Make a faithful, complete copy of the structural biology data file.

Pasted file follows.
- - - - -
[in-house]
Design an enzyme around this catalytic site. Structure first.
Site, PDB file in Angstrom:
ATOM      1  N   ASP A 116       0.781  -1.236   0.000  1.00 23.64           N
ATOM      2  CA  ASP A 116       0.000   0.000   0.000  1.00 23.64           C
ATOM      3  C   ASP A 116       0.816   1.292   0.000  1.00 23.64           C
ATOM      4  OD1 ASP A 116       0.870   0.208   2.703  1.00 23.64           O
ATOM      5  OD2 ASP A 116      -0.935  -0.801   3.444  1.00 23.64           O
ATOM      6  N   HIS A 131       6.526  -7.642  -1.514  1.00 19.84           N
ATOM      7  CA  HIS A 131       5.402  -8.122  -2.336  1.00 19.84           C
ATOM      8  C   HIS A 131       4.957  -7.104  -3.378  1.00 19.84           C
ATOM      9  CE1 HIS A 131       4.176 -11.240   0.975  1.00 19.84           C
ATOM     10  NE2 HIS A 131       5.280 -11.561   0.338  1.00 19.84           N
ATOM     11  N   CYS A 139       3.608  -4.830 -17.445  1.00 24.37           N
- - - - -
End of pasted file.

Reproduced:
[in-house]
Design an enzyme around this catalytic site. Structure first.
Site, PDB file in Angstrom:
ATOM      1  N   ASP A 116       0.781  -1.236   0.000  1.00 23.64           N
ATOM      2  CA  ASP A 116       0.000   0.000   0.000  1.00 23.64           C
ATOM      3  C   ASP A 116       0.816   1.292   0.000  1.00 23.64           C
ATOM      4  OD1 ASP A 116       0.870   0.208   2.703  1.00 23.64           O
ATOM      5  OD2 ASP A 116      -0.935  -0.801   3.444  1.00 23.64           O
ATOM      6  N   HIS A 131       6.526  -7.642  -1.514  1.00 19.84           N
ATOM      7  CA  HIS A 131       5.402  -8.122  -2.336  1.00 19.84           C
ATOM      8  C   HIS A 131       4.957  -7.104  -3.378  1.00 19.84           C
ATOM      9  CE1 HIS A 131       4.176 -11.240   0.975  1.00 19.84           C
ATOM     10  NE2 HIS A 131       5.280 -11.561   0.338  1.00 19.84           N
ATOM     11  N   CYS A 139       3.608  -4.830 -17.445  1.00 24.37           N